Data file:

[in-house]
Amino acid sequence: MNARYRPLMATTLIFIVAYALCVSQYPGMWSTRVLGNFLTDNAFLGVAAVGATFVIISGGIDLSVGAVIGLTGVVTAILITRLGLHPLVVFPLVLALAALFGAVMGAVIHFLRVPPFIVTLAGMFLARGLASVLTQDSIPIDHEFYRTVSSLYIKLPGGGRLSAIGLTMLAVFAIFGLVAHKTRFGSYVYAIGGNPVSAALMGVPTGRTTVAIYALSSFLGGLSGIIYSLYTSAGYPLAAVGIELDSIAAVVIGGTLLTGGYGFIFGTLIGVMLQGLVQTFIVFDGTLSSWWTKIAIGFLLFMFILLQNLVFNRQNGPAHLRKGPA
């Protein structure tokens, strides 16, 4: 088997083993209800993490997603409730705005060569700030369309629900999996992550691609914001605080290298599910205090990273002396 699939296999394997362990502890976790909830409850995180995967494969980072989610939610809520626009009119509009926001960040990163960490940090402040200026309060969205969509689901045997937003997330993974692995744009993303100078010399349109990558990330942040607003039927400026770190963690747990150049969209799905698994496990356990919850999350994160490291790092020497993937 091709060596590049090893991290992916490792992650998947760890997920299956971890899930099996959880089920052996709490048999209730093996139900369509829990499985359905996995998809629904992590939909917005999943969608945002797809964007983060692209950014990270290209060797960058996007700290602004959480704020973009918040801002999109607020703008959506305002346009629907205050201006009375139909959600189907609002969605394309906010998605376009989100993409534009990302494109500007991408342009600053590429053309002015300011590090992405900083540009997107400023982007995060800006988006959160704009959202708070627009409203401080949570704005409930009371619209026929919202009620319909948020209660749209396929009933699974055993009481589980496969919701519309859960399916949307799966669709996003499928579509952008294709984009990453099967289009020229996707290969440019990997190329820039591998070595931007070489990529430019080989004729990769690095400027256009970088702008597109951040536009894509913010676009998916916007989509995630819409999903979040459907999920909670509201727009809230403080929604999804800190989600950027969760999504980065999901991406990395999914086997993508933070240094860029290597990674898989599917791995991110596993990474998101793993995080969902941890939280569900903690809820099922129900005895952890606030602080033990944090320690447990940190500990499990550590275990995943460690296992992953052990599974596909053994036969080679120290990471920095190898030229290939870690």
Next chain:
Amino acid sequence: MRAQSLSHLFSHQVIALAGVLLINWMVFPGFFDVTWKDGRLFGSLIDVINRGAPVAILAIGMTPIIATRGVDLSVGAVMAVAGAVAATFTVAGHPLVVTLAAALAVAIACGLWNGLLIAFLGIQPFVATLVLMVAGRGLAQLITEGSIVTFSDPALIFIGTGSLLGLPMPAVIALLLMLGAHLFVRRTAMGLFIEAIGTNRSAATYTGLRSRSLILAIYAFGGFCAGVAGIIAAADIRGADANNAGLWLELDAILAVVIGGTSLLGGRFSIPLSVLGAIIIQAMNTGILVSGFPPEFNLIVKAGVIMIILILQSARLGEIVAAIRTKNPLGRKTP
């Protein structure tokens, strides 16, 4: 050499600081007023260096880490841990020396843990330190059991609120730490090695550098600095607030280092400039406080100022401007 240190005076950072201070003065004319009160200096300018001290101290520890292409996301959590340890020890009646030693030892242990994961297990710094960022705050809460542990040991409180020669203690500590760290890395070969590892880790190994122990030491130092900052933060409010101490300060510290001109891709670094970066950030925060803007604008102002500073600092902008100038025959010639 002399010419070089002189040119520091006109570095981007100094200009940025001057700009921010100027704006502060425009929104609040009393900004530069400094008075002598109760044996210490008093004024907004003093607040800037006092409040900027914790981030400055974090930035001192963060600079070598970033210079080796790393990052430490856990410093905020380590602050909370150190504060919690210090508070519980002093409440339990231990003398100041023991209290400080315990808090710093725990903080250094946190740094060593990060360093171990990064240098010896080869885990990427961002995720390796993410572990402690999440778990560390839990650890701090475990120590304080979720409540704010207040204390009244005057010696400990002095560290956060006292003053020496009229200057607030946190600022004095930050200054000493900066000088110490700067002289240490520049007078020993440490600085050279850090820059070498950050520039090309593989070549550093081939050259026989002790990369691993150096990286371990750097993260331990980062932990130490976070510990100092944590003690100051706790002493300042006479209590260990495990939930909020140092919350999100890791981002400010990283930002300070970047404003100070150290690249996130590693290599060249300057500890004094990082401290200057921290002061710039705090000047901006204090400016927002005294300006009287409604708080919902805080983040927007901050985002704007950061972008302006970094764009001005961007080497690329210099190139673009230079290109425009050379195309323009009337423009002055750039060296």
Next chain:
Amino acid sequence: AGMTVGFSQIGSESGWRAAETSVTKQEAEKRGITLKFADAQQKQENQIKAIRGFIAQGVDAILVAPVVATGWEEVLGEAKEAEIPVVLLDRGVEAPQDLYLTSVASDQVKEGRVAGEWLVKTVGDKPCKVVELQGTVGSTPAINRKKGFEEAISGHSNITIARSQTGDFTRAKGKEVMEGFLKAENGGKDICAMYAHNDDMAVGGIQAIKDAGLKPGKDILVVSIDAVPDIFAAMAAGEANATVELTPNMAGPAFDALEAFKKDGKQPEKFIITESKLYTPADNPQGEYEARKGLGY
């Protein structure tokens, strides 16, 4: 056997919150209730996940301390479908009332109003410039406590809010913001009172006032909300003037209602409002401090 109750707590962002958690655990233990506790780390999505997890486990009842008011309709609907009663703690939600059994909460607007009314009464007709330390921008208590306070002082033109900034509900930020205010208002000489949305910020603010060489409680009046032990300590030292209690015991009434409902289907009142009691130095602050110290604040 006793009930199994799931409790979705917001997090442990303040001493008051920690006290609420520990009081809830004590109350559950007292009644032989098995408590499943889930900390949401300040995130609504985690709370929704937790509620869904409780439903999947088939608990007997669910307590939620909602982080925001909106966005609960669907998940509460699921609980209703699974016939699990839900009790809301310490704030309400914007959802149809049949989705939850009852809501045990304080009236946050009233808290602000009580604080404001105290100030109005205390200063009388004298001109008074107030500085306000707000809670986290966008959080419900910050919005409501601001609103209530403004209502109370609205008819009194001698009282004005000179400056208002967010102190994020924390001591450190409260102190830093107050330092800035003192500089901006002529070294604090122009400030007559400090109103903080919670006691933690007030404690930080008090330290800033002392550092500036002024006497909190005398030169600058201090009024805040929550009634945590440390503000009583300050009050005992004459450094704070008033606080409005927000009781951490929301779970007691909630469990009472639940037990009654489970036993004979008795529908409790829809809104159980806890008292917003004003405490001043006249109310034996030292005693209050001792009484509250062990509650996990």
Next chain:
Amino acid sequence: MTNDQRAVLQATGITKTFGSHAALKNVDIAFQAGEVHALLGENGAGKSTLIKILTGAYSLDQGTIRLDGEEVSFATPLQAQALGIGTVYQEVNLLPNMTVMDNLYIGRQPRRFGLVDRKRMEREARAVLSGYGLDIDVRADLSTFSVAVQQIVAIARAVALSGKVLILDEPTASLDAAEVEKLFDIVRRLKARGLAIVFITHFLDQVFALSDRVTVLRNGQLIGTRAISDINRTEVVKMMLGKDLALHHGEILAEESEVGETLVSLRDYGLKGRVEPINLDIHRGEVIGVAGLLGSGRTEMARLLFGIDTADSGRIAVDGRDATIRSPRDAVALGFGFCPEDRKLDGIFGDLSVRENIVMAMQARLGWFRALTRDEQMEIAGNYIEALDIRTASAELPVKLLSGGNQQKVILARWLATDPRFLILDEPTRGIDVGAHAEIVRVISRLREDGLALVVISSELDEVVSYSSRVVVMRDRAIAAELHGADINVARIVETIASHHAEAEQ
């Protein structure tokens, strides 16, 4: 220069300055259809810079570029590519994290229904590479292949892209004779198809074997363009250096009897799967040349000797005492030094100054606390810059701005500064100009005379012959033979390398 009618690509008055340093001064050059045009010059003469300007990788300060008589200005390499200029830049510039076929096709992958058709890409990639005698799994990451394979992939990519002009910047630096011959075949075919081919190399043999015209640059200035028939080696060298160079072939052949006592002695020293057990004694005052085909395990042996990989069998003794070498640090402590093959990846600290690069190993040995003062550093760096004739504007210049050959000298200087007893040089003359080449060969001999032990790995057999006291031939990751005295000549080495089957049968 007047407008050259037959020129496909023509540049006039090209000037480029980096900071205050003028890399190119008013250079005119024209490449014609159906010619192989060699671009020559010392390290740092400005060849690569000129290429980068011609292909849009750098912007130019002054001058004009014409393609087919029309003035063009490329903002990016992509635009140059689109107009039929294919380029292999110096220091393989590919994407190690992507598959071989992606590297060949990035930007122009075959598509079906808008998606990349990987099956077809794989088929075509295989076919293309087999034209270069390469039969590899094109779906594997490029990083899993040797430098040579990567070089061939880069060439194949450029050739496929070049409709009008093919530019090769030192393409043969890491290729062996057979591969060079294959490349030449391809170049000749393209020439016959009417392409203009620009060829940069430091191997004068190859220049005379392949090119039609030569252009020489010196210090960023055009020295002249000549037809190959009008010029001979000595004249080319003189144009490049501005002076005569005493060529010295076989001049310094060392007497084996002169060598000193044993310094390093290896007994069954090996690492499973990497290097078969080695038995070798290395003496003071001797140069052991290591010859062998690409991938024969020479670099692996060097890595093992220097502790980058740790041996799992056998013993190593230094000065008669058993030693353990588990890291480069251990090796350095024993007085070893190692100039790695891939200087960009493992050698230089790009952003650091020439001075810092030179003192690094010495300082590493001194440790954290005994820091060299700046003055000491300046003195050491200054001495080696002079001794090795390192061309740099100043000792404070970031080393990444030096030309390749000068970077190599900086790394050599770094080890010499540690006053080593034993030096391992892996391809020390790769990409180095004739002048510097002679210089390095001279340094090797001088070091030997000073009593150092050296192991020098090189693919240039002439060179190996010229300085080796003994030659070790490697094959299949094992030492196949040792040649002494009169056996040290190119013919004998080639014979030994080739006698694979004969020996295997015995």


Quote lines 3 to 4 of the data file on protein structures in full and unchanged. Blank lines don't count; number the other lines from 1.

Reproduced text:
């Protein structure tokens, strides 16, 4: 088997083993209800993490997603409730705005060569700030369309629900999996992550691609914001605080290298599910205090990273002396 699939296999394997362990502890976790909830409850995180995967494969980072989610939610809520626009009119509009926001960040990163960490940090402040200026309060969205969509689901045997937003997330993974692995744009993303100078010399349109990558990330942040607003039927400026770190963690747990150049969209799905698994496990356990919850999350994160490291790092020497993937 091709060596590049090893991290992916490792992650998947760890997920299956971890899930099996959880089920052996709490048999209730093996139900369509829990499985359905996995998809629904992590939909917005999943969608945002797809964007983060692209950014990270290209060797960058996007700290602004959480704020973009918040801002999109607020703008959506305002346009629907205050201006009375139909959600189907609002969605394309906010998605376009989100993409534009990302494109500007991408342009600053590429053309002015300011590090992405900083540009997107400023982007995060800006988006959160704009959202708070627009409203401080949570704005409930009371619209026929919202009620319909948020209660749209396929009933699974055993009481589980496969919701519309859960399916949307799966669709996003499928579509952008294709984009990453099967289009020229996707290969440019990997190329820039591998070595931007070489990529430019080989004729990769690095400027256009970088702008597109951040536009894509913010676009998916916007989509995630819409999903979040459907999920909670509201727009809230403080929604999804800190989600950027969760999504980065999901991406990395999914086997993508933070240094860029290597990674898989599917791995991110596993990474998101793993995080969902941890939280569900903690809820099922129900005895952890606030602080033990944090320690447990940190500990499990550590275990995943460690296992992953052990599974596909053994036969080679120290990471920095190898030229290939870690």
Next chain: